Chinese Honey not Dumped per se

2011
01.15

Quick Summary – Chinese honey was found to be not dumped, but was causing ‘material injury to an industry in the United States’.

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I’ve heard it dozens of times “Dumped Chinese Honey” and went to the root of the report.  I’ve pulled the US International Trade Commission report of 2007 & 2009 that reviews the existing tariff on Chinese and Argentine Honey.  I just want US Beekeepers to understand the political landscape this caused, and the artificial honey prices they are enjoying.

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What the US ITC is:
“The mission of the Commission is to (1) administer U.S. trade remedy laws within its mandate in a fair and objective manner; (2) provide the President, USTR, and Congress with independent analysis, information, and support on matters of tariffs, international trade, and U.S. competitiveness; and (3) maintain the Harmonized Tariff Schedule of the United States (HTS).”

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I interpret this Commission to be a non-independent, fact finding commission that is subject to political influences from Congress.

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The 2007 report itself is 92 pages and remarkably easy to read considering. Found at:
http://www.usitc.gov/publications/701_731/pub3929.pdf

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And the 2009 report is http://www.usitc.gov/publications/701_731/pub3369.pdf
Chinese Dirty Dealings.
The American Honey Producers Assc. and the Sioux Honey Assc. filed the original complaint in 2000. On the initial investigation half the board found China was dumping, half found they weren’t. (See footnote 3)

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‘Anti-dumping duty order’ is what is needed to impose a tariff, if I understand the process. It does not mean the item was dumped.

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‘Dumping’ is a nebulous word. I believe the public thinks ‘dumping’ means selling for less then you make it for, which of course make little economic sense. In this case, there was a 1995 US-Chinese agreement of selling above a pre-determined reference price point. Specifically:

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“It also provided that these imports had to be sold at a reference price, which was 92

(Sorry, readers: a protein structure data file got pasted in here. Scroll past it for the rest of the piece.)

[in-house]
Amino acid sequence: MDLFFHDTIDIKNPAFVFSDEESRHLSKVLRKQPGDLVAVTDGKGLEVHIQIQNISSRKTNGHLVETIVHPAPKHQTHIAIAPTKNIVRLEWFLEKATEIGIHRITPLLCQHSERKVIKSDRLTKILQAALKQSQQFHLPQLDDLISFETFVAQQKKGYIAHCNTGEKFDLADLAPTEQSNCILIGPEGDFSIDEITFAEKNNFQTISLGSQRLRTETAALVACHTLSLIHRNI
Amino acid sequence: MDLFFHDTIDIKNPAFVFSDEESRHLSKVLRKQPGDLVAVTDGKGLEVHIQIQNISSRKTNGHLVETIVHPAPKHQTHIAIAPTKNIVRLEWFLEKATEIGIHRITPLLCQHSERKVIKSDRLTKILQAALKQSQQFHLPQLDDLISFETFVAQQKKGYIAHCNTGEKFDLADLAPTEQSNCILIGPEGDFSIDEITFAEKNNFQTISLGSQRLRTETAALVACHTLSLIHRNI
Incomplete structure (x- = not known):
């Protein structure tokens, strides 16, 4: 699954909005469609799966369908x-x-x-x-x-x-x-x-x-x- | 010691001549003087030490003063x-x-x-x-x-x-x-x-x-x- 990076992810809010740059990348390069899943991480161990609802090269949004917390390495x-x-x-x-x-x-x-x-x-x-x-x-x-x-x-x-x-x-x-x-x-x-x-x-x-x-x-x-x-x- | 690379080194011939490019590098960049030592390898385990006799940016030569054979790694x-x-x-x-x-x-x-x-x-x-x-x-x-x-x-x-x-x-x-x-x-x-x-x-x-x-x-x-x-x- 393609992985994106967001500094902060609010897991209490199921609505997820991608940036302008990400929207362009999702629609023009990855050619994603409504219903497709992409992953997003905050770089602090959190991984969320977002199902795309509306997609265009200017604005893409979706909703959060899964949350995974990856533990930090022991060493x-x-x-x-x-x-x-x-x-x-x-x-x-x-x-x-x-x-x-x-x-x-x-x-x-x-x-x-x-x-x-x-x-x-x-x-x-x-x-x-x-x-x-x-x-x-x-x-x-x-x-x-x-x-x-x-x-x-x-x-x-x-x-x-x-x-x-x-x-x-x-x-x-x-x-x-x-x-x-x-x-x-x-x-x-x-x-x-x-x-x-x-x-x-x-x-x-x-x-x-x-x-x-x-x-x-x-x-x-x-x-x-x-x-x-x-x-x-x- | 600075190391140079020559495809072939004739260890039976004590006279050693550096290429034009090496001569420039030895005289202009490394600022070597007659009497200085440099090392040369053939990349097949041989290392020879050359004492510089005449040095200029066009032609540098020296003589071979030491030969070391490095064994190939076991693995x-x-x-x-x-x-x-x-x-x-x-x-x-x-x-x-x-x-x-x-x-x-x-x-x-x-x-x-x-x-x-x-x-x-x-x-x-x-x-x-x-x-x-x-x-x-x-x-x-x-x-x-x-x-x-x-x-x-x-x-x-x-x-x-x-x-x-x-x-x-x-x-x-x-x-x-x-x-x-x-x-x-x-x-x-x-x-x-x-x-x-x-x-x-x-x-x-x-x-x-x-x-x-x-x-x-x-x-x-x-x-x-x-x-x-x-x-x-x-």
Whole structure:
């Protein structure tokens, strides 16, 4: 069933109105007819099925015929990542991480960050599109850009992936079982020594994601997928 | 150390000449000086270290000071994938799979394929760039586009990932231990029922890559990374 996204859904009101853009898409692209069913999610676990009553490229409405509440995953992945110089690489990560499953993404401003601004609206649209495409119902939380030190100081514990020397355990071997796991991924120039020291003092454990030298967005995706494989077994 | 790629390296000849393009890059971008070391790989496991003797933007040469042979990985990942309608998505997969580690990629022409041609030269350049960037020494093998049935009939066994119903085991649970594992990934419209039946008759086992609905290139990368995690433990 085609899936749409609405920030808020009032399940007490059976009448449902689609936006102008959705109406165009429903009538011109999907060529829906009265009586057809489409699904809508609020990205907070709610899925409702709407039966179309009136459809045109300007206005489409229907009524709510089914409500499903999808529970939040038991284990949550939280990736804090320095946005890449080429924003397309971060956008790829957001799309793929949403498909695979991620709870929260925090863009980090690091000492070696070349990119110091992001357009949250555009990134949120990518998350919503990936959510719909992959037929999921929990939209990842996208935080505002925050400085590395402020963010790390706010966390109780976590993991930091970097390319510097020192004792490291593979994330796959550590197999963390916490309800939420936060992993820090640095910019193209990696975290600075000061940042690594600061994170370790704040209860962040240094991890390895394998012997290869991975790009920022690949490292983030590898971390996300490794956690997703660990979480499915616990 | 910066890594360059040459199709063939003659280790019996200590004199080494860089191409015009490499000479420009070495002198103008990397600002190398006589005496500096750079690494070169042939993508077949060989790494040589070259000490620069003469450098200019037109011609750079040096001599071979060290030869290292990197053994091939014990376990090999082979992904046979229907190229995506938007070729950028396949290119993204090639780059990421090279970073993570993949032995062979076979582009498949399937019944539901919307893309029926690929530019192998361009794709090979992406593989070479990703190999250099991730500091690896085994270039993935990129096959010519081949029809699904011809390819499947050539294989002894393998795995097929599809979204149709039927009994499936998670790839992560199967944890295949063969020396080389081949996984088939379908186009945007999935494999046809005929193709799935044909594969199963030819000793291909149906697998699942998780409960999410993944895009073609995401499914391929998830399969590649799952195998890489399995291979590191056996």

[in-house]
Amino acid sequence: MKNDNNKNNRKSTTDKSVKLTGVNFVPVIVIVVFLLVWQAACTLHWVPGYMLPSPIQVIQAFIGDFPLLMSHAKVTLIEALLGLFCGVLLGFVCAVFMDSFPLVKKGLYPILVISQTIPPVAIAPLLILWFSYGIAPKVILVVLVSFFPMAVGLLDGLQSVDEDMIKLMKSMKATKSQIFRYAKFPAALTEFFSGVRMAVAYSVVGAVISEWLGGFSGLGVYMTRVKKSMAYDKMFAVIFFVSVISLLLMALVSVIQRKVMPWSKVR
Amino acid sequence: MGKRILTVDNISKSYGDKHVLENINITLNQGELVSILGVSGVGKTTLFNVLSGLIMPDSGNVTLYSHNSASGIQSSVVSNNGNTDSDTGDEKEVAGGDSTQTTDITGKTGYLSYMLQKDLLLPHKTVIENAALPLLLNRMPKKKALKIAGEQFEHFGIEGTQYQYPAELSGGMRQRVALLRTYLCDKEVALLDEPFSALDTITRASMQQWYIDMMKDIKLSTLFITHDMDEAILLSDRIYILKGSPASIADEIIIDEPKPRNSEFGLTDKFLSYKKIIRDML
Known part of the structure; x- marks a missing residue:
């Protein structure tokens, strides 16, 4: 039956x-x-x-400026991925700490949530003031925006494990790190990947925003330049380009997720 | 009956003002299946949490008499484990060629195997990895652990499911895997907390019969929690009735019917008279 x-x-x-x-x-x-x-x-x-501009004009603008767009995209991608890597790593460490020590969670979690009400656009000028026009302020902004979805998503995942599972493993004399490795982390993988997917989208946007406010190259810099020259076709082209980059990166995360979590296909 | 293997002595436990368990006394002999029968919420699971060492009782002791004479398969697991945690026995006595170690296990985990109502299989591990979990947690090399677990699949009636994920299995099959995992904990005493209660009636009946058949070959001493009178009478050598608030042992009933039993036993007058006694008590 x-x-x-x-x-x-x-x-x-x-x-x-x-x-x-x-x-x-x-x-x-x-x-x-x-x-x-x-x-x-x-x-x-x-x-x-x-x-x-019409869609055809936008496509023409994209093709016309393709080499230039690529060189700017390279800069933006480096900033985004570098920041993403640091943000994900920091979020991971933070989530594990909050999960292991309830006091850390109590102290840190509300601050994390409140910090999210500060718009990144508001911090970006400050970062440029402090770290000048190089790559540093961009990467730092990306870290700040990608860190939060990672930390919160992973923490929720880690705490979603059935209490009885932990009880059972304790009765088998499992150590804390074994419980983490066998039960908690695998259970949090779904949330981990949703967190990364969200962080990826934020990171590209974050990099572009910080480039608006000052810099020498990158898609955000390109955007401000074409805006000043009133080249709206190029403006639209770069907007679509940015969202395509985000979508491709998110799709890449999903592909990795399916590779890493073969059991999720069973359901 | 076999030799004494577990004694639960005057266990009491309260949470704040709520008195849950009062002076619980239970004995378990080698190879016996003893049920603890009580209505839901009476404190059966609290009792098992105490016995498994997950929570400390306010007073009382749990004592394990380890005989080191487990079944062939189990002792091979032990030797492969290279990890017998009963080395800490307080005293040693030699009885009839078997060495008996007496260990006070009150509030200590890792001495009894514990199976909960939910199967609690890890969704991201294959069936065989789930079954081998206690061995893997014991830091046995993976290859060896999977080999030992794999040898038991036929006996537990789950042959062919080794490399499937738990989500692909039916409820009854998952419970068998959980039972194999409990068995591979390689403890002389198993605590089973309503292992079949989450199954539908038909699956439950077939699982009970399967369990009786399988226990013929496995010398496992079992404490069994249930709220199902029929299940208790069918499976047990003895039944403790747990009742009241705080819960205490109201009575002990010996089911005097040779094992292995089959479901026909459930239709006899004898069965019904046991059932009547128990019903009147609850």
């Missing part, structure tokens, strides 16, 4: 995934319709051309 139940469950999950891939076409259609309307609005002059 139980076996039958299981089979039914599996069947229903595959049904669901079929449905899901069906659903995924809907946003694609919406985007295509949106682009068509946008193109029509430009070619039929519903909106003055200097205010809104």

percent of the average of the honey unit import values for all other countries during a specified six-month
period.”

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If I interpret all this in context, the US honey packers could not compete with its two largest competitors and successfully lobbied for a tariff.  They only targeted the two largest competitors to the US.  If I extrapolate, if that tariff ever comes down, they have done little to make themselves competitive again.

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As a good economist, I interpret that the current honey price is artificial, thus not reflective of the true free market price in an open world economy.

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No other country has leveled a protectionist tariff on Chinese honey. The EU did temporarily ban it on a quality issue. The US tariff is $2.63/kg on Chinese honey.

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And to head off the other side of the coin, Chinese honey quality is not at issue here. That is a different item.

One Response to “Chinese Honey not Dumped per se”

  1. chuckarama says:

    I couldn’t agree more with you Mr Taylor. I am a fierce believer in the free market myself. I read in all the major honey journals about how we MUST unite and enforce anti-dumping laws and tariffs, all the time. I disagree.

    A tariff MAY be valid if the home country is subsidizing, ie dumping tax money into the industry, giving it an unfair advantage. If that truly is the case, and there is not proof it is, what do we care if the Chinese people subsidize our honey purchases. Aren’t we always telling people how good honey is for them and wishing they would consume more? Cheap honey will do that. That kind of subsidy is never sustainable in the long run anyways. And you will never find it for sale in your local farmers markets etc either. That niche will be reserved still for the local producer.

    If in the short run, competition will drive some beekeepers out of business, the cost of pollination will increase, drawing in new beekeepers and easing the pollination costs again. So the pollination industry isn’t at real risk either, in the long run; there would be short term pressure on the pollination market, because it has already been artificially interfered with by this tarif and hasn’t been allowed to make those adjustments yet. Those that will be effected are individuals who can’t find a way to make their business competitive enough to survive. This is sad reality, but necessary in both life and capitalistic competition. And the hobbiest beekeeper won’t really be effected, as they typically aren’t in it for the same reasons as the professional keeper and packager.

    Now honey quality, as you’ve noted is another issue. Varroa came from Asia. Nosema Ceranae likewise comes from Asia. I have seen speculation that the new iridovirus may have come from Asia as well, but there is of course no proof of it yet. If honey is imported with another devastating disease and left out where a hive can discover it (and they will) then that would obviously be a terrible thing. Or if Chinese honey had harmful concentrations of chemicals or substances, that is not desirable either. But that is just a general food safety issue not unique to honey, but any imported food and hygiene products.

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